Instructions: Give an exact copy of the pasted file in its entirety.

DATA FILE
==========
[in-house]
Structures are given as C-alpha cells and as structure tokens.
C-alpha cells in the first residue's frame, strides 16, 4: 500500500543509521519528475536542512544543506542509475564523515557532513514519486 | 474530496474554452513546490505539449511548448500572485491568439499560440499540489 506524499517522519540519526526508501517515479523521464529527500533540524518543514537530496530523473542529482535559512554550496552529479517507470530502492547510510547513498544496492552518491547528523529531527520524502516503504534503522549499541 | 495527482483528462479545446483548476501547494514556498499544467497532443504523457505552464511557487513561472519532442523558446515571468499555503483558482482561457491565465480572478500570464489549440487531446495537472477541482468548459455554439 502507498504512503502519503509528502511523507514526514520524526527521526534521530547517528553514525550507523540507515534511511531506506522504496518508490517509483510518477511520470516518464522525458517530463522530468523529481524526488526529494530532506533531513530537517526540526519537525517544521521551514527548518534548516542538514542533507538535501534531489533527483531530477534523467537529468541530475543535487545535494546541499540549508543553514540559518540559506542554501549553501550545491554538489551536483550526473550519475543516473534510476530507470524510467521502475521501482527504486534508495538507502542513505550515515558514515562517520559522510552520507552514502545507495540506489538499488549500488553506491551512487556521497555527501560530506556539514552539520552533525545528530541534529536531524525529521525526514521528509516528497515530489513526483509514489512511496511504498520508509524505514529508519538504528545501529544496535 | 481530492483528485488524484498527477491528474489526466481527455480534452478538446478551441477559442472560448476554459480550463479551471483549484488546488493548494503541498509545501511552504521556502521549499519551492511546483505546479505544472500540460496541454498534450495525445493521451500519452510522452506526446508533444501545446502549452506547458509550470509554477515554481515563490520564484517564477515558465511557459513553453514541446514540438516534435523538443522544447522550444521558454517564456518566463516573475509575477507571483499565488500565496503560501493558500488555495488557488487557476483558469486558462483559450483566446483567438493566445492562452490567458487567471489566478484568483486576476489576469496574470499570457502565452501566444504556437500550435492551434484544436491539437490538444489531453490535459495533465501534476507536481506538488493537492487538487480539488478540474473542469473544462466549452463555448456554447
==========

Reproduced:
[in-house]
Structures are given as C-alpha cells and as structure tokens.
C-alpha cells in the first residue's frame, strides 16, 4: 500500500543509521519528475536542512544543506542509475564523515557532513514519486 | 474530496474554452513546490505539449511548448500572485491568439499560440499540489 506524499517522519540519526526508501517515479523521464529527500533540524518543514537530496530523473542529482535559512554550496552529479517507470530502492547510510547513498544496492552518491547528523529531527520524502516503504534503522549499541 | 495527482483528462479545446483548476501547494514556498499544467497532443504523457505552464511557487513561472519532442523558446515571468499555503483558482482561457491565465480572478500570464489549440487531446495537472477541482468548459455554439 502507498504512503502519503509528502511523507514526514520524526527521526534521530547517528553514525550507523540507515534511511531506506522504496518508490517509483510518477511520470516518464522525458517530463522530468523529481524526488526529494530532506533531513530537517526540526519537525517544521521551514527548518534548516542538514542533507538535501534531489533527483531530477534523467537529468541530475543535487545535494546541499540549508543553514540559518540559506542554501549553501550545491554538489551536483550526473550519475543516473534510476530507470524510467521502475521501482527504486534508495538507502542513505550515515558514515562517520559522510552520507552514502545507495540506489538499488549500488553506491551512487556521497555527501560530506556539514552539520552533525545528530541534529536531524525529521525526514521528509516528497515530489513526483509514489512511496511504498520508509524505514529508519538504528545501529544496535 | 481530492483528485488524484498527477491528474489526466481527455480534452478538446478551441477559442472560448476554459480550463479551471483549484488546488493548494503541498509545501511552504521556502521549499519551492511546483505546479505544472500540460496541454498534450495525445493521451500519452510522452506526446508533444501545446502549452506547458509550470509554477515554481515563490520564484517564477515558465511557459513553453514541446514540438516534435523538443522544447522550444521558454517564456518566463516573475509575477507571483499565488500565496503560501493558500488555495488557488487557476483558469486558462483559450483566446483567438493566445492562452490567458487567471489566478484568483486576476489576469496574470499570457502565452501566444504556437500550435492551434484544436491539437490538444489531453490535459495533465501534476507536481506538488493537492487538487480539488478540474473542469473544462466549452463555448456554447